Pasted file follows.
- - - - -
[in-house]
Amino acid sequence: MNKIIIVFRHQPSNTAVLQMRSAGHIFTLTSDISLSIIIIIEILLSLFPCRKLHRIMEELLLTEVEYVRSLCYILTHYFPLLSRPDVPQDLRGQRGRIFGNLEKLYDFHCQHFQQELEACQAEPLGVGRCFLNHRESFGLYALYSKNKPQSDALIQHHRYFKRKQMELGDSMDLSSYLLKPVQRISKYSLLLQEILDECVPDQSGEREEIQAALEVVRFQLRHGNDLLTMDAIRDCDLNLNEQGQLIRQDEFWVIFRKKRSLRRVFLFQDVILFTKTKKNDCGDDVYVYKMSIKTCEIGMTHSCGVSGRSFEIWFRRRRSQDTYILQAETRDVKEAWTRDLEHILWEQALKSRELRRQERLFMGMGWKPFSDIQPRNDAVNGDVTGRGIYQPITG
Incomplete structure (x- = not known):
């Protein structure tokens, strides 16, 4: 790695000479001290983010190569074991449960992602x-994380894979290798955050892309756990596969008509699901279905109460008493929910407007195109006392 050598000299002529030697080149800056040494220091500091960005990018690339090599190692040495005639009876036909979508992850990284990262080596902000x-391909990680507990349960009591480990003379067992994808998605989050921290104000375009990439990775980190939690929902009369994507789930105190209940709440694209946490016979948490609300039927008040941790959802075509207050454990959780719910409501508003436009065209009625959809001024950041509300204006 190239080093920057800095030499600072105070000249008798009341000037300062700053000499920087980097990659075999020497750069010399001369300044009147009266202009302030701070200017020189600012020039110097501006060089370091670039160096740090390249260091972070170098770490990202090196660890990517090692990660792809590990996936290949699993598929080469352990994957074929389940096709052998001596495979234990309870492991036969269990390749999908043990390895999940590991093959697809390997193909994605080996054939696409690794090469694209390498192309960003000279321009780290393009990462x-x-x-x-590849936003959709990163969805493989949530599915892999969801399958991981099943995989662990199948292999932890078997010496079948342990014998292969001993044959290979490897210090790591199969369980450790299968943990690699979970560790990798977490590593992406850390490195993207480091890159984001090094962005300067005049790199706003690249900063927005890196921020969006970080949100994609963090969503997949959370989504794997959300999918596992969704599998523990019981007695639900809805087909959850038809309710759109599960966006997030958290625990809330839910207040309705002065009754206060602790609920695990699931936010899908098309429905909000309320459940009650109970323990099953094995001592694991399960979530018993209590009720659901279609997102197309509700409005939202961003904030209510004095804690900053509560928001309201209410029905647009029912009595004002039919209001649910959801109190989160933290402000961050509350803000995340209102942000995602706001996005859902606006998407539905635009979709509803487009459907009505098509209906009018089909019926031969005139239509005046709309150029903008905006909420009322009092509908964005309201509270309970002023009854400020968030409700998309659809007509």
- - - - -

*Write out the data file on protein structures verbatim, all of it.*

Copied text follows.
[in-house]
Amino acid sequence: MNKIIIVFRHQPSNTAVLQMRSAGHIFTLTSDISLSIIIIIEILLSLFPCRKLHRIMEELLLTEVEYVRSLCYILTHYFPLLSRPDVPQDLRGQRGRIFGNLEKLYDFHCQHFQQELEACQAEPLGVGRCFLNHRESFGLYALYSKNKPQSDALIQHHRYFKRKQMELGDSMDLSSYLLKPVQRISKYSLLLQEILDECVPDQSGEREEIQAALEVVRFQLRHGNDLLTMDAIRDCDLNLNEQGQLIRQDEFWVIFRKKRSLRRVFLFQDVILFTKTKKNDCGDDVYVYKMSIKTCEIGMTHSCGVSGRSFEIWFRRRRSQDTYILQAETRDVKEAWTRDLEHILWEQALKSRELRRQERLFMGMGWKPFSDIQPRNDAVNGDVTGRGIYQPITG
Incomplete structure (x- = not known):
């Protein structure tokens, strides 16, 4: 790695000479001290983010190569074991449960992602x-994380894979290798955050892309756990596969008509699901279905109460008493929910407007195109006392 050598000299002529030697080149800056040494220091500091960005990018690339090599190692040495005639009876036909979508992850990284990262080596902000x-391909990680507990349960009591480990003379067992994808998605989050921290104000375009990439990775980190939690929902009369994507789930105190209940709440694209946490016979948490609300039927008040941790959802075509207050454990959780719910409501508003436009065209009625959809001024950041509300204006 190239080093920057800095030499600072105070000249008798009341000037300062700053000499920087980097990659075999020497750069010399001369300044009147009266202009302030701070200017020189600012020039110097501006060089370091670039160096740090390249260091972070170098770490990202090196660890990517090692990660792809590990996936290949699993598929080469352990994957074929389940096709052998001596495979234990309870492991036969269990390749999908043990390895999940590991093959697809390997193909994605080996054939696409690794090469694209390498192309960003000279321009780290393009990462x-x-x-x-590849936003959709990163969805493989949530599915892999969801399958991981099943995989662990199948292999932890078997010496079948342990014998292969001993044959290979490897210090790591199969369980450790299968943990690699979970560790990798977490590593992406850390490195993207480091890159984001090094962005300067005049790199706003690249900063927005890196921020969006970080949100994609963090969503997949959370989504794997959300999918596992969704599998523990019981007695639900809805087909959850038809309710759109599960966006997030958290625990809330839910207040309705002065009754206060602790609920695990699931936010899908098309429905909000309320459940009650109970323990099953094995001592694991399960979530018993209590009720659901279609997102197309509700409005939202961003904030209510004095804690900053509560928001309201209410029905647009029912009595004002039919209001649910959801109190989160933290402000961050509350803000995340209102942000995602706001996005859902606006998407539905635009979709509803487009459907009505098509209906009018089909019926031969005139239509005046709309150029903008905006909420009322009092509908964005309201509270309970002023009854400020968030409700998309659809007509």